As of writing this, my grammar is at quite a high level but my vocabulary is rather limited. Despite this, I managed to pass the C1 test, probably because my language was accurate and I knew the correct word order when I was talking and writing.

That being said, do not simply forget to learn and revise your vocabulary, as good grammar alone will not be good enough to express yourself.

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There is no recommended ratio for the time you should spend on vocabulary versus the time you should spend on grammar. You need both. And you need some vocabulary to start with, since you need vocabulary to read and create example phrases that use the grammatical rules you are learning.

If you don't know much about German yet, try to find a native speaker of German (or someone who speaks it very well) and do a "language deconstruction". See the question Additional sentences for language deconstruction and the links you find there. This will give you an idea of some of the grammatical features of the German language.

You can then still decide whether you want to learn German (unless there is an important reason why you really need to learn it).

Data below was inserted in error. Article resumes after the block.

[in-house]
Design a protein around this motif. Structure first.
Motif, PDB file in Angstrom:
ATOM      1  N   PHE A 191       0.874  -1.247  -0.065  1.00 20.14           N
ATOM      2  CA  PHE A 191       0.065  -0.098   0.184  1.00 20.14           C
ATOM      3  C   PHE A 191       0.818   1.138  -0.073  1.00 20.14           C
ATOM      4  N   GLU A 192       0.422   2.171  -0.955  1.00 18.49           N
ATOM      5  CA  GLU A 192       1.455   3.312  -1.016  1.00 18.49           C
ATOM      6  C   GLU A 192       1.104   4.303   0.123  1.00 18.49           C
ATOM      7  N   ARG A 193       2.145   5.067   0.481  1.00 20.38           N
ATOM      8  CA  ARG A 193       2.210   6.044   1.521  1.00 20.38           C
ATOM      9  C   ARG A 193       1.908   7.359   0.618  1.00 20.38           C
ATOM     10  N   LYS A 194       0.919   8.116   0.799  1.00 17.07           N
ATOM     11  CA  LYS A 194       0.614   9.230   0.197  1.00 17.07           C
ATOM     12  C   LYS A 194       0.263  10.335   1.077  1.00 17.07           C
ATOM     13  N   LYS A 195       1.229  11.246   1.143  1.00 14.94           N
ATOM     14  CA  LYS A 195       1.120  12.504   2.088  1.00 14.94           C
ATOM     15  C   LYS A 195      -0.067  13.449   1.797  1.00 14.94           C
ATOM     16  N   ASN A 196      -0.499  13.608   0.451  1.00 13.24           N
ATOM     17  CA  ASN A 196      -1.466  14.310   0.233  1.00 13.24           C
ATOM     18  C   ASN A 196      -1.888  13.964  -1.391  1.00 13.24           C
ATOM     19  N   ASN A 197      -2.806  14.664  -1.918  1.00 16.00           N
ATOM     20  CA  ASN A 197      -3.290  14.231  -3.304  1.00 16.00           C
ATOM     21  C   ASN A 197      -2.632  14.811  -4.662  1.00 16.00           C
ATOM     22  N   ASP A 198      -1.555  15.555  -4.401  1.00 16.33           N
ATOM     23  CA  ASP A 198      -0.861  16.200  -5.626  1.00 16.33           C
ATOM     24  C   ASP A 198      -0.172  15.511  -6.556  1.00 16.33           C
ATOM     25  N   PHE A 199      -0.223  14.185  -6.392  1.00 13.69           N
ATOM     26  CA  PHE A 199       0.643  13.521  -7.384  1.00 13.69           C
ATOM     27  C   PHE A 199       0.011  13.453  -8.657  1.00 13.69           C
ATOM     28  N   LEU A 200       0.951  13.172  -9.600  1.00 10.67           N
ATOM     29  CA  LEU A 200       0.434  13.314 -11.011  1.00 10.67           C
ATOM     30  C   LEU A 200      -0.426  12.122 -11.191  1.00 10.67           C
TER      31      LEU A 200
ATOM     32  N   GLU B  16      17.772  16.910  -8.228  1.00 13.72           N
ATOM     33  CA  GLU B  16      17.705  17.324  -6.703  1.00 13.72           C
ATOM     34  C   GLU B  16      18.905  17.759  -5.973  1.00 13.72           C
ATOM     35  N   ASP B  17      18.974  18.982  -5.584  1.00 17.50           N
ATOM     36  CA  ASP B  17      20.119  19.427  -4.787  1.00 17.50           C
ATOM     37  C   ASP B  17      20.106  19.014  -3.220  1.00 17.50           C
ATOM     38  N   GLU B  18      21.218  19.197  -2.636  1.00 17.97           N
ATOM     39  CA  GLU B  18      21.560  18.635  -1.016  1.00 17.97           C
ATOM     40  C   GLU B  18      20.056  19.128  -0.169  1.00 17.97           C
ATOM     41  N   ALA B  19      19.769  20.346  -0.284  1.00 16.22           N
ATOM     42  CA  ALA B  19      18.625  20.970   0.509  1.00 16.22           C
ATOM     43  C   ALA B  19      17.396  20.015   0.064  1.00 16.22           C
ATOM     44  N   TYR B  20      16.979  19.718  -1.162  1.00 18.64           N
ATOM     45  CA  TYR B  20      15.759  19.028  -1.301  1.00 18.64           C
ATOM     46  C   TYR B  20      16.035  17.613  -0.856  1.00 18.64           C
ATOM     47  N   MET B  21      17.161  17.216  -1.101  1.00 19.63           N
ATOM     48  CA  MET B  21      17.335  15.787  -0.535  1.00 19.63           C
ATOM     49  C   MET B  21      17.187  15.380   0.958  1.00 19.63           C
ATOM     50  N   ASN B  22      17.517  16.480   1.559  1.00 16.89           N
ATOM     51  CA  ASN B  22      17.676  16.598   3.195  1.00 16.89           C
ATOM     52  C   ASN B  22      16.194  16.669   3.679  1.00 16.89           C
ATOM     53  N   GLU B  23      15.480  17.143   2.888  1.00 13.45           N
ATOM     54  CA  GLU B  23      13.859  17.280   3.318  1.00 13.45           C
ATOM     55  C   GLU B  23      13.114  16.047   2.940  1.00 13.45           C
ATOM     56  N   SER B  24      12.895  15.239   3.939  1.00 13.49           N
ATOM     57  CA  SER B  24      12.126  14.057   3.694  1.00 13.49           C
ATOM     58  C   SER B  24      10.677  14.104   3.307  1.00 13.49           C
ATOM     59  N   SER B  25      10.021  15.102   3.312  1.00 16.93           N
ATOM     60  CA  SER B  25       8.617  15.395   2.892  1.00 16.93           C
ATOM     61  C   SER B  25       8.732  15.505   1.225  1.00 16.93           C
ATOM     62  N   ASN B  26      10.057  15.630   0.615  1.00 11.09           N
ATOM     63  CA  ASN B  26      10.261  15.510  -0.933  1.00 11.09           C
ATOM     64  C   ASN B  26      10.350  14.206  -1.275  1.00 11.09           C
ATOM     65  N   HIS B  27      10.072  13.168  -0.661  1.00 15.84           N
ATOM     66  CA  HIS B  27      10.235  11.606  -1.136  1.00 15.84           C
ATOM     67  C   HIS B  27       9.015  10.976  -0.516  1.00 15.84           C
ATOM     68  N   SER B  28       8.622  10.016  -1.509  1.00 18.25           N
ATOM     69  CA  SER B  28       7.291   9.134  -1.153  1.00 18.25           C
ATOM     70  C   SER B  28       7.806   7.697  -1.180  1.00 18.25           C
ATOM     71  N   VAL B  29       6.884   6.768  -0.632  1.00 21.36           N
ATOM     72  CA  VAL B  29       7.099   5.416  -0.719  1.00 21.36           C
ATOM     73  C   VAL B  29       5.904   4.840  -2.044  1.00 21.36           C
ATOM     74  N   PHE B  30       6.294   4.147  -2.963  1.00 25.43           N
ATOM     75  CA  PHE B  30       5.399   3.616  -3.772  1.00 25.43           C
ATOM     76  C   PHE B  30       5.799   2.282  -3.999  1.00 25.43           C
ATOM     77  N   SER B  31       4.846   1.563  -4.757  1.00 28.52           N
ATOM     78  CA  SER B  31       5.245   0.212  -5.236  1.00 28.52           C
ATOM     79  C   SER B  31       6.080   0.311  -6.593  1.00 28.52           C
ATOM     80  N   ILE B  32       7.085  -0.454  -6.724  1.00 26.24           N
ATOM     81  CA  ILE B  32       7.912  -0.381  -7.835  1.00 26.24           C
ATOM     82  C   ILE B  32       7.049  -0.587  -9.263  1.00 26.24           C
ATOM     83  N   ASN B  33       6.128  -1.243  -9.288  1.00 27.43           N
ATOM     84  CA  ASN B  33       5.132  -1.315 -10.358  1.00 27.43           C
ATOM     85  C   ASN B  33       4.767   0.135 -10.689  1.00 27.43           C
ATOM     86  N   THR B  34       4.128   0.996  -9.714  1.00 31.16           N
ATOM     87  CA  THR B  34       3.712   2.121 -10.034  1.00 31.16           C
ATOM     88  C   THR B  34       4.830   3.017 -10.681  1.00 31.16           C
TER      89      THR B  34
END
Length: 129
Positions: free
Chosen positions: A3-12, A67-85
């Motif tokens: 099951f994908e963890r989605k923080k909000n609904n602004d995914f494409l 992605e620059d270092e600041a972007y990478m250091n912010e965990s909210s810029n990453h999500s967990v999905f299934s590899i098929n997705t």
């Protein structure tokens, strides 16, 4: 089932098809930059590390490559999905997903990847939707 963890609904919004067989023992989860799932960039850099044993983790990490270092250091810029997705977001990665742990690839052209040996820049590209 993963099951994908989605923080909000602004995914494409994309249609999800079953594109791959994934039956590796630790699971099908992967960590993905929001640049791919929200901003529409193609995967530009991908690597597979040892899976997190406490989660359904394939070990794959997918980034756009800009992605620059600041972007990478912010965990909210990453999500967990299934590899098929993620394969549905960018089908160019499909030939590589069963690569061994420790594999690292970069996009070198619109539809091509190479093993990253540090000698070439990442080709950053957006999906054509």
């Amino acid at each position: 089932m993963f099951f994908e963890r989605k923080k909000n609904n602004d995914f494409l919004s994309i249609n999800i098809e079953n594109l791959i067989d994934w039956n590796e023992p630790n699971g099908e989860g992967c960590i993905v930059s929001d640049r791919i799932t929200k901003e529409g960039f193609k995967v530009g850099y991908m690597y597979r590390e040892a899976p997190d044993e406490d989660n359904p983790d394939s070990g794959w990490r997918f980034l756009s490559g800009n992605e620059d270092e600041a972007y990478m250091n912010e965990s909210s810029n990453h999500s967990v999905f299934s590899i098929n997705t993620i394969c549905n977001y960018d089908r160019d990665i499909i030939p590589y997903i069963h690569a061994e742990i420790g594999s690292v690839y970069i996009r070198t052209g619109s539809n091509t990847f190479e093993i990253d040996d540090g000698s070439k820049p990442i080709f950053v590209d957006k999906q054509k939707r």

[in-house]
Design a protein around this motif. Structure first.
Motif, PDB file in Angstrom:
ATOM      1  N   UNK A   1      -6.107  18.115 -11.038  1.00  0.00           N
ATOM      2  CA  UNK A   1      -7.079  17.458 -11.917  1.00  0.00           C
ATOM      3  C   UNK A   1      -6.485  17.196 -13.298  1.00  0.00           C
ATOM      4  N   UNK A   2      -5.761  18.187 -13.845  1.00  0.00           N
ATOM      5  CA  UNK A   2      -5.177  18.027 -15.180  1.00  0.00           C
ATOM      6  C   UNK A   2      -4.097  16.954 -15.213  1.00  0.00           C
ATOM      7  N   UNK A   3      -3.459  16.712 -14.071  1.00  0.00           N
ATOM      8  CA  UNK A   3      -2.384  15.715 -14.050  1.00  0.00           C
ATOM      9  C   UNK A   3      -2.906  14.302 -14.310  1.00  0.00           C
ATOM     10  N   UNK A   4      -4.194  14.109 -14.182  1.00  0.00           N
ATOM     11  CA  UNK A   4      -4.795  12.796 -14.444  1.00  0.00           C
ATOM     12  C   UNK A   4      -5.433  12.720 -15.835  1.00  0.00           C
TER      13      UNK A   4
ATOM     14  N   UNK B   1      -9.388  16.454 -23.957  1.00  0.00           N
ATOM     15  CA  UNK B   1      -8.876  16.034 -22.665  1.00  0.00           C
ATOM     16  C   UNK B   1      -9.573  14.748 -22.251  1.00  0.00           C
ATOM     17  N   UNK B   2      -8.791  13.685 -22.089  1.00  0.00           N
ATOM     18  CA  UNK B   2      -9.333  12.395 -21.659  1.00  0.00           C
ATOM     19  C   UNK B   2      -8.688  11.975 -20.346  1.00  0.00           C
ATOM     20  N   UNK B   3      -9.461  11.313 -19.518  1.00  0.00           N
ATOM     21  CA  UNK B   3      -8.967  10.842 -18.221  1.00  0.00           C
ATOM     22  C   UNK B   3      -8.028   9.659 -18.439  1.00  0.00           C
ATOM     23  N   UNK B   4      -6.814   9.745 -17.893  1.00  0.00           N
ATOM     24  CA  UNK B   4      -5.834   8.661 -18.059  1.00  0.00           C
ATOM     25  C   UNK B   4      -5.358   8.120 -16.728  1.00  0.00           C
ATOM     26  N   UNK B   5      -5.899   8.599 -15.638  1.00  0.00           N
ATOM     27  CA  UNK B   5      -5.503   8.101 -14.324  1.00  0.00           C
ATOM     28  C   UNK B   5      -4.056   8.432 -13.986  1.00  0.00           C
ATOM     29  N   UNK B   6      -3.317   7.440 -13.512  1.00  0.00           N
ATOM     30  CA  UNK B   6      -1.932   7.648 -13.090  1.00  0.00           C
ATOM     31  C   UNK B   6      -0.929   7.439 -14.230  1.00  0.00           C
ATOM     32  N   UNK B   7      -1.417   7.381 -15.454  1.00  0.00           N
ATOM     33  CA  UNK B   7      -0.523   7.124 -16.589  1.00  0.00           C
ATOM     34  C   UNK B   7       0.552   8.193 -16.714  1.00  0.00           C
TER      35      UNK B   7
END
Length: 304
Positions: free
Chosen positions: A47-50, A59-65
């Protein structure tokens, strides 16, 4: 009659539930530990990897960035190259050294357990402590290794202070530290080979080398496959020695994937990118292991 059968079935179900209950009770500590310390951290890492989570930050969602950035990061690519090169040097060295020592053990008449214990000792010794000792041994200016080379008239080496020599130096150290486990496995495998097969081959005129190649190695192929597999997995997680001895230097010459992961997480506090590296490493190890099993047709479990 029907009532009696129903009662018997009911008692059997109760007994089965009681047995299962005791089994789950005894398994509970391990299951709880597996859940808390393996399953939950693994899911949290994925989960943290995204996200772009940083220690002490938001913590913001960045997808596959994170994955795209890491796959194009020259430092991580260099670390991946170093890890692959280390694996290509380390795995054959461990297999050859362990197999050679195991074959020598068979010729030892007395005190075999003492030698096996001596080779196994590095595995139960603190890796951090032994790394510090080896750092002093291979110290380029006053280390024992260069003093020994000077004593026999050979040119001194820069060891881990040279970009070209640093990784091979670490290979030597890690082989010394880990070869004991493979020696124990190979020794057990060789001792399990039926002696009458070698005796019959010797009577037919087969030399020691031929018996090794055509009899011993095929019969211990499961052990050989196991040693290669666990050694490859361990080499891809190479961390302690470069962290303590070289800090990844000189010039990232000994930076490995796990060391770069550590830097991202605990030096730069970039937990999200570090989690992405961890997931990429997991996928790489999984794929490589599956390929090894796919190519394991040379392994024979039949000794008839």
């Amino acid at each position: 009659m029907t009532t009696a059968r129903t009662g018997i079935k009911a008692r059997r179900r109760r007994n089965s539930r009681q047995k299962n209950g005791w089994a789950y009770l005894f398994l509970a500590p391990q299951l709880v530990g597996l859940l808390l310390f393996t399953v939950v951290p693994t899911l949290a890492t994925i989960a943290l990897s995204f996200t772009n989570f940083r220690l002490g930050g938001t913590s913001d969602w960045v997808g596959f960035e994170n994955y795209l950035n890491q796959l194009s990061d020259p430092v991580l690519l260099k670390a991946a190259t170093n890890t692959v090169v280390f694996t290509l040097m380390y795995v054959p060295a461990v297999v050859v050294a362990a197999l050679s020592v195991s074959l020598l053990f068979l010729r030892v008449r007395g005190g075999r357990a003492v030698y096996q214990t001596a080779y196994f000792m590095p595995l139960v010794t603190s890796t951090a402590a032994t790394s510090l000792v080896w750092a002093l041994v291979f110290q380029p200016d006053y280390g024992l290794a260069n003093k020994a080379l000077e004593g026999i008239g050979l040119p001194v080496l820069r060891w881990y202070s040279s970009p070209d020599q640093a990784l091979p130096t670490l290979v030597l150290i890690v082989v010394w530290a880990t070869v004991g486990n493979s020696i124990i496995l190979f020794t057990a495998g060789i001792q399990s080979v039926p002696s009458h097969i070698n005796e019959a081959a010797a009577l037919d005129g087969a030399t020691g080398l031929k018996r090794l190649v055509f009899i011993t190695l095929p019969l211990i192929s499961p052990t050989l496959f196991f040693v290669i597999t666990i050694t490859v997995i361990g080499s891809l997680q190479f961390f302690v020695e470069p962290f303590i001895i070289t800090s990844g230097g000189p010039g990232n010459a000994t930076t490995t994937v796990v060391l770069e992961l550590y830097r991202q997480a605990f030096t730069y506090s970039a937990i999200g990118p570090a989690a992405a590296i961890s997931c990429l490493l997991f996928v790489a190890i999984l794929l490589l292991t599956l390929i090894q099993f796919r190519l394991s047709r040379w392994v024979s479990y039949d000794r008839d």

If you want to go through with it, try to find self-study materials, e.g. traditional self-study courses such those by Assimil, Teach Yourself, etc. You can also try online materials, such as the German course by DuoLingo. Traditional self-study courses such as Assimil introduce grammar gradually: the lessons focus on communicative situations, which introduce both vocabulary and grammar. If you find that you need additional grammar exercises, you can still get additional materials.

If you use a spaced repetition system such as Anki, you can integrate grammar learning with vocabulary learning, as I suggested here, i.e. by turning sentences that use specific grammatical features into cloze tests.

The technique described above (cloze tests) will lead to implicit learning of grammar rules. Studying grammar rules from grammar books is a form of learning that will increase your explicit knowledge of grammar rules. However, as the abstract of the article Implicit and Explicit Knowledge About Language by Nick C. Ellis points out:

From various divisions of cognitive neuroscience we know that implicit and explicit learning are distinct processes, that humans have separate implicit and explicit memory systems, that there are different types of knowledge of and about language, that these are stored in different areas of the brain, and that different educational experiences generate different types of knowledge.

Some linguists have argued that explicit knowledge does not transfer well to implicit knowledge (which you need when using the language) or that it does not transfer at all. Some linguists take a more moderate position (see interface position on Wikipedia).